So in our work, we present this careful comparative study which provides for the first time a set of circulating microRNAs, significantly that is regulated in severe obesity. Moreover, the effects of surgery and diet-induced weight loss on this circulating concentration were also investigated and also validated in independent colleges.

Then the findings reported here could be a potential diagnostic and therapeutic value in this setting, with no need to have human biopsies.

Bob Barrett:
It has been the hope that looking at microRNAs could help develop drugs or other treatments. How can looking at circulating microRNAs in obese subjects help these patients, and would it help physicians diagnose obesity-related disorders such as type 2 diabetes?

Francisco José Ortega:
Well, in the future, on these circulating microRNAs that have been analyzed in detail, this investigation and other similar to us could reveal which microRNAs are over explicit in the plasma, could be also involved in triggering some metabolic inflammatory pathways associated with an increased risk for the development of obesity-related disorders, including cardiovascular diseases and type 2 diabetes.

Then the blocking of those increased microRNAs in circulation may constitute a target in developing a therapy to delay or even halt the appearance of those obesity-related pathologies.

On the other hand, taking into account that circulating microRNAs are not modified by other components of plasma which cannot interfere with conventional tools for diagnosis, the availability and stability of these microRNAs and the possibility of detecting, amplifying and analyzing, and the individual variations make them potential and very interesting new biomarkers for systemic disease such as obesity.

However, our study is just heading for a long and winding road, and a lot of work is needed to finally come across with a clinical application or medical set of recommendation to try to help obese people.

Bob Barrett:
You say in the paper that this is the first microRNA study identifying differences in circulating microRNAs in subjects with severe obesity. Why do you think that no one had done this type of work before?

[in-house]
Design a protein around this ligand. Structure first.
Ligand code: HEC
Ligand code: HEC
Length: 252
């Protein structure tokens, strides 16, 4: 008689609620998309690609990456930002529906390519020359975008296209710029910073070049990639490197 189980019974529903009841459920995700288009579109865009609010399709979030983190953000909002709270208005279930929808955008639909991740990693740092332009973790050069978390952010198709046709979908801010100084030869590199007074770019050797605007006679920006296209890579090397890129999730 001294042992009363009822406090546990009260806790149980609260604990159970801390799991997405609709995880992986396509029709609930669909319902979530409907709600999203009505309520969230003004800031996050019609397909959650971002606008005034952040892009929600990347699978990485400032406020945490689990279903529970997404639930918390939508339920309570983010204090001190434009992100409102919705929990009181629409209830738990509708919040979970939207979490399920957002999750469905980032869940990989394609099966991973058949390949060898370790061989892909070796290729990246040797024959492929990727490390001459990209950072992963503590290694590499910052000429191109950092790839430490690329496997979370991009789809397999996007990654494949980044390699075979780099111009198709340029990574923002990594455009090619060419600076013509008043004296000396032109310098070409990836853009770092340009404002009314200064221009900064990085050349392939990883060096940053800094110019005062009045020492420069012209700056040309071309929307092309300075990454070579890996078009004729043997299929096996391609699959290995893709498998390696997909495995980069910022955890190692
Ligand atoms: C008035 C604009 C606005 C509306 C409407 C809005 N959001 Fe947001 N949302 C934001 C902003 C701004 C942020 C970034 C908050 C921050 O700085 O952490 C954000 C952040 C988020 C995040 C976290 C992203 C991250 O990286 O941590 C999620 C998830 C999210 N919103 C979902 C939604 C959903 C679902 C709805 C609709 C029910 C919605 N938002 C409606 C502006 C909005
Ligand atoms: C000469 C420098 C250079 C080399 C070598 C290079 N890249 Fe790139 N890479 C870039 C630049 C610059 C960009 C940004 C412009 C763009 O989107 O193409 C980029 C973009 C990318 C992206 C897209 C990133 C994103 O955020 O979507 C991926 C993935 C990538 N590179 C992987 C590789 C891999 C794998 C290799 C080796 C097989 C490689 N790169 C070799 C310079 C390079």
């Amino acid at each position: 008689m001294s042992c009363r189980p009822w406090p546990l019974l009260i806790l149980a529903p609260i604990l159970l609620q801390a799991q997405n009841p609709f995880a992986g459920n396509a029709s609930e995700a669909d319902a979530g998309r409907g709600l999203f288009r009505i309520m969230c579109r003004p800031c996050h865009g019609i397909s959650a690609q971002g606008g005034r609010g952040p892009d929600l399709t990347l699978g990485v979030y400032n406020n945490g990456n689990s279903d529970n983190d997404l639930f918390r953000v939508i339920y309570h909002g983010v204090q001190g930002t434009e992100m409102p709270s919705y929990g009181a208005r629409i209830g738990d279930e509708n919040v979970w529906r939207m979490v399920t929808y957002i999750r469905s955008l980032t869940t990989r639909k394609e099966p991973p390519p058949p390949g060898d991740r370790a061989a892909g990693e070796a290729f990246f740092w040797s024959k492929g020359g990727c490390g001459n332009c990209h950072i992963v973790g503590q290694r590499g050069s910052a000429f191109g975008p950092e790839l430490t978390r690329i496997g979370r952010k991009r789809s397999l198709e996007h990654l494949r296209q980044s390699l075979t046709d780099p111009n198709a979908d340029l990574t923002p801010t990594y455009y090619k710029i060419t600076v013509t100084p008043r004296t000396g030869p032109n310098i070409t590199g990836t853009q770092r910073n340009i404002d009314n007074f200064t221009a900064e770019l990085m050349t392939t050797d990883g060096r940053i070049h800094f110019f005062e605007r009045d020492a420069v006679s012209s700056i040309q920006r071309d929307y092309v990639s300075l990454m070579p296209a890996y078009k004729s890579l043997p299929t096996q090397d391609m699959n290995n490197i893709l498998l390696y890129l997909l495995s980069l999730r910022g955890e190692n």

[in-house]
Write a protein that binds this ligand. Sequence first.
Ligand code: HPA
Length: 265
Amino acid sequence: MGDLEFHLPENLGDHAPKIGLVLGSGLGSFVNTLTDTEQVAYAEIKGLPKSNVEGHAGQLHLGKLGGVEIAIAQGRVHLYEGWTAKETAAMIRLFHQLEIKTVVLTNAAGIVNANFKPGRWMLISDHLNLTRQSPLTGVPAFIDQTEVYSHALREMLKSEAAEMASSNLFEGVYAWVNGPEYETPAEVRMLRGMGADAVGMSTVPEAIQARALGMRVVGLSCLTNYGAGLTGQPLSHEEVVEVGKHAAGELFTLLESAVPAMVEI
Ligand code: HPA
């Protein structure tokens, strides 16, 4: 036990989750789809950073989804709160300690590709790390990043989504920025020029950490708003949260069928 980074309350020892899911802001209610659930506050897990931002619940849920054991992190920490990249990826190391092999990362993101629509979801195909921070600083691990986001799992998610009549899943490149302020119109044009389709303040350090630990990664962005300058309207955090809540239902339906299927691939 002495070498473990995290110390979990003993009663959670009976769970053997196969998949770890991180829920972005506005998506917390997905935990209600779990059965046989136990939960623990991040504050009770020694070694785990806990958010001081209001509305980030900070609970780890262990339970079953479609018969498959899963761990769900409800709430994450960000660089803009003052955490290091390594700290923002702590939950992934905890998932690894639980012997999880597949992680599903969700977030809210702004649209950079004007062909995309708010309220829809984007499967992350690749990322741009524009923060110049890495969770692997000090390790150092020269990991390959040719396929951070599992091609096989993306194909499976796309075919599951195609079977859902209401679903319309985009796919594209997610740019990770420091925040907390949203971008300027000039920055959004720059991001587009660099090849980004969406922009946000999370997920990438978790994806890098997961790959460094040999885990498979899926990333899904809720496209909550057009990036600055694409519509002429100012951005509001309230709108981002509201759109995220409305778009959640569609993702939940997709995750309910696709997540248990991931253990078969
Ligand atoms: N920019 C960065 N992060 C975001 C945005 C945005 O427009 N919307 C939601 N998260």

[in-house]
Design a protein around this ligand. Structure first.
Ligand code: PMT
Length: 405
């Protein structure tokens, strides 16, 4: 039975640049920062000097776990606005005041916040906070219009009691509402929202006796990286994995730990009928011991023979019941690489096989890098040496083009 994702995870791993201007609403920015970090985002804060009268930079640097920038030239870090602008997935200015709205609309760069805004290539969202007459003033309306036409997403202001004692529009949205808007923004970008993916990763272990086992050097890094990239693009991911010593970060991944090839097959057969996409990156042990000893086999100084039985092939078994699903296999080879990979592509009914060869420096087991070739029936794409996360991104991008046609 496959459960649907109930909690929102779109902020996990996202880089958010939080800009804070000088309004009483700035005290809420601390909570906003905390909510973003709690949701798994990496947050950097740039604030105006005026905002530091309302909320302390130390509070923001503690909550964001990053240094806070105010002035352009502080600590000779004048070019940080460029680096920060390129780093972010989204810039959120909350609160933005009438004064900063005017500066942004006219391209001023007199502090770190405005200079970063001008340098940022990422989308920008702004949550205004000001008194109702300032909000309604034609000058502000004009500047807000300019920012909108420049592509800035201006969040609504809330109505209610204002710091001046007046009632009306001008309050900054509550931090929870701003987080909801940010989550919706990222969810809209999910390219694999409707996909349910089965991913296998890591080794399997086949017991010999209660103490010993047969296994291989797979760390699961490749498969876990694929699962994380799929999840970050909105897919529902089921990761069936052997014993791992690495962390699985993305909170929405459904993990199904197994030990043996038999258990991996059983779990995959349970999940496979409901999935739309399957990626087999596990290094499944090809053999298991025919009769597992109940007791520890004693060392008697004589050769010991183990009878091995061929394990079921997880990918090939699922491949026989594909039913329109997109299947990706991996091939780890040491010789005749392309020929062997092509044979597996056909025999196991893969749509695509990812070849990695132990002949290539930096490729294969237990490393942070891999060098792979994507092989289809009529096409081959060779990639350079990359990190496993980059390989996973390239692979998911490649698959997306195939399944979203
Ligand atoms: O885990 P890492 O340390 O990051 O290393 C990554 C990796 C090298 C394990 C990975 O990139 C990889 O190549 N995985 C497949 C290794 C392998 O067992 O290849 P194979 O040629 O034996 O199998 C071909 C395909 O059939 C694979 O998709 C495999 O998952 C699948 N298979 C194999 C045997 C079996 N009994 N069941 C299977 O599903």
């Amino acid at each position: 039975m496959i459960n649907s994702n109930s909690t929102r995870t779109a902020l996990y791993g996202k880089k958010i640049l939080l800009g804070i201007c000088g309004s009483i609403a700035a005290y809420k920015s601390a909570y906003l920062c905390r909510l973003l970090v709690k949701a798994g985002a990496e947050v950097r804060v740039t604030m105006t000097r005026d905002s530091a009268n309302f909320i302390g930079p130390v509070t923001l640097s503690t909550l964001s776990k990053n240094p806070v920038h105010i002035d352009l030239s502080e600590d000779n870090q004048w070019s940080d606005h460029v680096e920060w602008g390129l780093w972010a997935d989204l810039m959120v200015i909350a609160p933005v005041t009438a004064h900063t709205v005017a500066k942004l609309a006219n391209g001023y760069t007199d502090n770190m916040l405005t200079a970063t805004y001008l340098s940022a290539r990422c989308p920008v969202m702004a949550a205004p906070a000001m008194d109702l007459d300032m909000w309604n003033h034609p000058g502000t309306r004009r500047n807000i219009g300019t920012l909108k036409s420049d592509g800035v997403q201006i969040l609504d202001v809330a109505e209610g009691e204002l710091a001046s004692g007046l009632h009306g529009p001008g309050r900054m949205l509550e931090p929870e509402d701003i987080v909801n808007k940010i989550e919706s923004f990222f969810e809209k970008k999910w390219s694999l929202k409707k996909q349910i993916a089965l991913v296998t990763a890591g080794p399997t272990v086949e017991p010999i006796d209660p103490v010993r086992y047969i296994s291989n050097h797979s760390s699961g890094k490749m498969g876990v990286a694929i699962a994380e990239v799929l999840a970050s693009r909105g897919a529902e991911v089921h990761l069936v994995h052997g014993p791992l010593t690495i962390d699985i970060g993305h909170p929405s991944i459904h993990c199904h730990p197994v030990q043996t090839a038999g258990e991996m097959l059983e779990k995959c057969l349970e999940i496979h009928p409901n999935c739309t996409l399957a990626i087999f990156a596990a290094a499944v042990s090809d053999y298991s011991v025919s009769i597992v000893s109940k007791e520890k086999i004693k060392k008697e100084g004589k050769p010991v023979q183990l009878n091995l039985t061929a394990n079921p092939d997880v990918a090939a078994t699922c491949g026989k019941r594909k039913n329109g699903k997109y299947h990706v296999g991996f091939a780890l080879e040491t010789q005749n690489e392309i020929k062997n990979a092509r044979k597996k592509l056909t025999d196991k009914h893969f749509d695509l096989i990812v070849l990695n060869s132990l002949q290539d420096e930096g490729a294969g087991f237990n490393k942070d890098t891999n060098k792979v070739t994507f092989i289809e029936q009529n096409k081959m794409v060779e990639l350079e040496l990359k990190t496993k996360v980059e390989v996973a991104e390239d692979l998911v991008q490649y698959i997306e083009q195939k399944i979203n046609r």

Francisco José Ortega:
As far as we know, there are no publications about this topic. It is possible that although researchers have the similar study to us, and it will appear published in the future.

On the other hand, we think that the main reason for this is that the scope is potentially interesting. An obvious question is whether there is a need for circulating biomarkers for obesity.

However, we think that this is only one-fifth step in the identification of how wide genomic profiling in plasma that could help in dealing with this complex and heterogeneous disease that obesity seems to be. Then we really believe that this topic needs further attention and that the data provided here is of importance.

Bob Barrett:
Doctor, you found that some microRNAs were differentially expressed in the plasma of severely obese patients. What classes of microRNAs were up- regulated or down-regulated in these subjects?

Francisco José Ortega:
Well, unfortunately the knowledge available regarding important aspects of microRNAs, basically those microRNAs in circulation, such as function and behavior is quite limited.

We just have some few clues about how they get into the plasma and the function that they may have. The main feeling is that the circulating microRNAs can be involved in proteins and communication as well as cytokines and hormones.

However, right now we can only speculate about this. The sure thing is that there exist important differences between control subjects and patients that microRNAs that are related in obesity might be a practice candidate in the study of the regulation of cell fate decisions and complex obesity-related complications as disclosed by the intersection for the target genes identified in silico.

We are working hard trying to identify, to explain the meaning of these differences and the causality of these associations.